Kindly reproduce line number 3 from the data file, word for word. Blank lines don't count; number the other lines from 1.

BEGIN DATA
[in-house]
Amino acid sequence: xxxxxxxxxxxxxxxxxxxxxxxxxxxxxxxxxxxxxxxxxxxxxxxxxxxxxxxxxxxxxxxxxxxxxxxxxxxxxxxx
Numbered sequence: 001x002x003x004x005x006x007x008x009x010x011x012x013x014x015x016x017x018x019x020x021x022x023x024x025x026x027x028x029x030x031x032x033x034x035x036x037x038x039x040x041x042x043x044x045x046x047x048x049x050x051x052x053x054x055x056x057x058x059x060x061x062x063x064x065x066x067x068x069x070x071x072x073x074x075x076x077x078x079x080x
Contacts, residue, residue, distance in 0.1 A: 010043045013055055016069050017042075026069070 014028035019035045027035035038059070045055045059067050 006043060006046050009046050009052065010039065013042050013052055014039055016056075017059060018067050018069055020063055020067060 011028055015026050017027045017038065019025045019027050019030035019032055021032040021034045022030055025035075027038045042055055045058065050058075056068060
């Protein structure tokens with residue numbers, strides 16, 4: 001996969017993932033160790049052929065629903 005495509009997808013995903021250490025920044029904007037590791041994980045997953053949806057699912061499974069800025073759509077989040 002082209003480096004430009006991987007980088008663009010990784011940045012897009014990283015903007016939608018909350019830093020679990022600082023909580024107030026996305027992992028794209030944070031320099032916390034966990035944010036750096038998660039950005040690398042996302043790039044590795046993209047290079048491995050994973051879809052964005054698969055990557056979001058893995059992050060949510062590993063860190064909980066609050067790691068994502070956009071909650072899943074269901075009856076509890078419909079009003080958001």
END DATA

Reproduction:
Numbered sequence: 001x002x003x004x005x006x007x008x009x010x011x012x013x014x015x016x017x018x019x020x021x022x023x024x025x026x027x028x029x030x031x032x033x034x035x036x037x038x039x040x041x042x043x044x045x046x047x048x049x050x051x052x053x054x055x056x057x058x059x060x061x062x063x064x065x066x067x068x069x070x071x072x073x074x075x076x077x078x079x080x